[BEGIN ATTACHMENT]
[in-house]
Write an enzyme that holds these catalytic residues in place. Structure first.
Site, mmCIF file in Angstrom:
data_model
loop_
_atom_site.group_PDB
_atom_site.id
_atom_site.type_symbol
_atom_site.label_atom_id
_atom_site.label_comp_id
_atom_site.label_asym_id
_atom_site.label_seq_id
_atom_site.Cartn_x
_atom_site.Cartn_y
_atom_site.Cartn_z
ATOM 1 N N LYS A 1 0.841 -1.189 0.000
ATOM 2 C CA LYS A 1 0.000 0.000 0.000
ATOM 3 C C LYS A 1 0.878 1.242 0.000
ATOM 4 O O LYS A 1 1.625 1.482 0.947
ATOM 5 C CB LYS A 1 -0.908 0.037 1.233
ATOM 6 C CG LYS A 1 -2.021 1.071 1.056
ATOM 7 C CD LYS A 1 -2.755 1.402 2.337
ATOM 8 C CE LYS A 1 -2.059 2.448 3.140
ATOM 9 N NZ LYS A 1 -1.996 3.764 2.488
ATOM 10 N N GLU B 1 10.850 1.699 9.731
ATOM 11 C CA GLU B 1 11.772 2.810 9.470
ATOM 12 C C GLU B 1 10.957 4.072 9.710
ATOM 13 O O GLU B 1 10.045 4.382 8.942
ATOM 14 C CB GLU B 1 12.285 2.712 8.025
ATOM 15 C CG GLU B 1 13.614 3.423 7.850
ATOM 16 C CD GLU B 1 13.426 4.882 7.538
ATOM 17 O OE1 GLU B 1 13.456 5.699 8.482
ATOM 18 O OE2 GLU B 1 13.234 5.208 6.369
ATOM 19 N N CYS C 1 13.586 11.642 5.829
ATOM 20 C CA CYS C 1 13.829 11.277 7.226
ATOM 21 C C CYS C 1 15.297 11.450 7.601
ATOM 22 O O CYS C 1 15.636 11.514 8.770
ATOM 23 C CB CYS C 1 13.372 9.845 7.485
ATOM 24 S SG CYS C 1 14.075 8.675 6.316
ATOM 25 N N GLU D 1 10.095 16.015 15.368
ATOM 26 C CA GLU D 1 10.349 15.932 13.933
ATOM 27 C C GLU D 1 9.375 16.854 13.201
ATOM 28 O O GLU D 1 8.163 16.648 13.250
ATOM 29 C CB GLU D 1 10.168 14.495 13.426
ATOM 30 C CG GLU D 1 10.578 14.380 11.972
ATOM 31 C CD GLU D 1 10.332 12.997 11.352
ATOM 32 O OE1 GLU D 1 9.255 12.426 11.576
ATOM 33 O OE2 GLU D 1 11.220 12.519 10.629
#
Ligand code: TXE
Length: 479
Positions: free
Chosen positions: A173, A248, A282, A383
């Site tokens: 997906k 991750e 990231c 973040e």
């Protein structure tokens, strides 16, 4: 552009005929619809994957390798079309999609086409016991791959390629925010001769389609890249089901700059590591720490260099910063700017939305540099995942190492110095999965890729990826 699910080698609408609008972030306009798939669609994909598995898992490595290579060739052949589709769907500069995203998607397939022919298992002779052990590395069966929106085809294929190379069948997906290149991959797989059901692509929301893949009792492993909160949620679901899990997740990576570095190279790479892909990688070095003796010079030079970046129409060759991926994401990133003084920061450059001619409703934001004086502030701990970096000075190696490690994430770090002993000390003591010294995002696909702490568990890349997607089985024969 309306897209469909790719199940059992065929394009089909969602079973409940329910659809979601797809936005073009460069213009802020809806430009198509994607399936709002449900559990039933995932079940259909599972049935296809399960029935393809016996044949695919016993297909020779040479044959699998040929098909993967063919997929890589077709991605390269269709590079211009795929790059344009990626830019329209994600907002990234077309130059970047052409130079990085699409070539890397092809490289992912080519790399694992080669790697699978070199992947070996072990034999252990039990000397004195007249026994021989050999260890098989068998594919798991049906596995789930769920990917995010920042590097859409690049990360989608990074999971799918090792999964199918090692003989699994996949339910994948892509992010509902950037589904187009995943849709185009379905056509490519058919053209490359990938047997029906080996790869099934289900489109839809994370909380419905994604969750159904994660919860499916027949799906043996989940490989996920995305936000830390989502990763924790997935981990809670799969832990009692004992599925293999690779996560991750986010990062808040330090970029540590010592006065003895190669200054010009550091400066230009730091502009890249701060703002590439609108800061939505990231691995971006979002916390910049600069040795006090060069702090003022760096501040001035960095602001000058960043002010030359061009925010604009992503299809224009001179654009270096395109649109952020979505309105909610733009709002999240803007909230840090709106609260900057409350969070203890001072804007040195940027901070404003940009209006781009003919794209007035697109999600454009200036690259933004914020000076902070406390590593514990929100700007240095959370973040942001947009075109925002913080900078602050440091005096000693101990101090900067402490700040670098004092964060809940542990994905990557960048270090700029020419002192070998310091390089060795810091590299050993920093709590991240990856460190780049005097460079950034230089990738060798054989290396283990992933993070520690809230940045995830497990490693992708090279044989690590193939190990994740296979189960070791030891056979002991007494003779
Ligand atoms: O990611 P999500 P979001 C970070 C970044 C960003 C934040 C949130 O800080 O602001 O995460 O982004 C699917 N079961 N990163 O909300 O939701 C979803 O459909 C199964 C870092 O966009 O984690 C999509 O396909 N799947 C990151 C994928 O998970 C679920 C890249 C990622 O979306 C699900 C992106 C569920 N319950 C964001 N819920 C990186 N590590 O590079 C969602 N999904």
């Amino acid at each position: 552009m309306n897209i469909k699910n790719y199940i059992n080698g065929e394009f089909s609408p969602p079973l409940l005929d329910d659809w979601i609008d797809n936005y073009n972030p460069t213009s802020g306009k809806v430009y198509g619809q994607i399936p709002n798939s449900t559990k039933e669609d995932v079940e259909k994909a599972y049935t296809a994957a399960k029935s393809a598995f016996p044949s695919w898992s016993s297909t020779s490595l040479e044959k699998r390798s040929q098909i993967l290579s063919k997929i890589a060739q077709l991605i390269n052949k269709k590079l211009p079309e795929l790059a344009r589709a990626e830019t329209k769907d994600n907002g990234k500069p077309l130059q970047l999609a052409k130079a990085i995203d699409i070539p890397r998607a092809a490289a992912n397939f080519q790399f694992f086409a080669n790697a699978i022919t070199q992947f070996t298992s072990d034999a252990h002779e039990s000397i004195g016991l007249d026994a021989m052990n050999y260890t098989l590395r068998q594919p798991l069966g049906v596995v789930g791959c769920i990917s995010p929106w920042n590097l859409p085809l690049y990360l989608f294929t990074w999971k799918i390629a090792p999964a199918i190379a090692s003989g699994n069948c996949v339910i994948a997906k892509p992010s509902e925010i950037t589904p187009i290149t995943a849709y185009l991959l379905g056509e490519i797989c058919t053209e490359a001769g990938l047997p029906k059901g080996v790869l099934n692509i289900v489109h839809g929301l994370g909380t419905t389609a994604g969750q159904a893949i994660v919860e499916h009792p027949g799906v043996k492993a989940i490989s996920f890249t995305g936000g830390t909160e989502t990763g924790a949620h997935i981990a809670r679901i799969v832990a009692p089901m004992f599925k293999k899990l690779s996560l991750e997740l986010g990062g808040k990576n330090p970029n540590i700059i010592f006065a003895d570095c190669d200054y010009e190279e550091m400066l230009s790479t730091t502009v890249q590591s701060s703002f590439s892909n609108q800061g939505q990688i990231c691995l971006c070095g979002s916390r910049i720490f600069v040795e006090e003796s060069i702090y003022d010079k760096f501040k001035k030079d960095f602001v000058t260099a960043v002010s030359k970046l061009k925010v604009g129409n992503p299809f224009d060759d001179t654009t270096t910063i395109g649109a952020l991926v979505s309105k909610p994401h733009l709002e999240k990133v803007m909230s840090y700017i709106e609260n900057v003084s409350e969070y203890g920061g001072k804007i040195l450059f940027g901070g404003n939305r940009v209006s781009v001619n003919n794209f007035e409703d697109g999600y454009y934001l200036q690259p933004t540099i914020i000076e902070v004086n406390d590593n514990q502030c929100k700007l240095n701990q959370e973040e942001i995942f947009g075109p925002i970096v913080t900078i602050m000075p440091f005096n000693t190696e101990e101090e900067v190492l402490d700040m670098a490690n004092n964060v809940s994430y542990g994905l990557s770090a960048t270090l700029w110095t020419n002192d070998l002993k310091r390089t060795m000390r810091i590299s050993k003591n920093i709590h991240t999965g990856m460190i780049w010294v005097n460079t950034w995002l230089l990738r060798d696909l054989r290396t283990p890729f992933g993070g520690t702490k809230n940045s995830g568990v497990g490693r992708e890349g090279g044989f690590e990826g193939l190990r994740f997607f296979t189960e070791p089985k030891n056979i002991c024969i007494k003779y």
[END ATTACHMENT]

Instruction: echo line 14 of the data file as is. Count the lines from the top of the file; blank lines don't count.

_atom_site.Cartn_y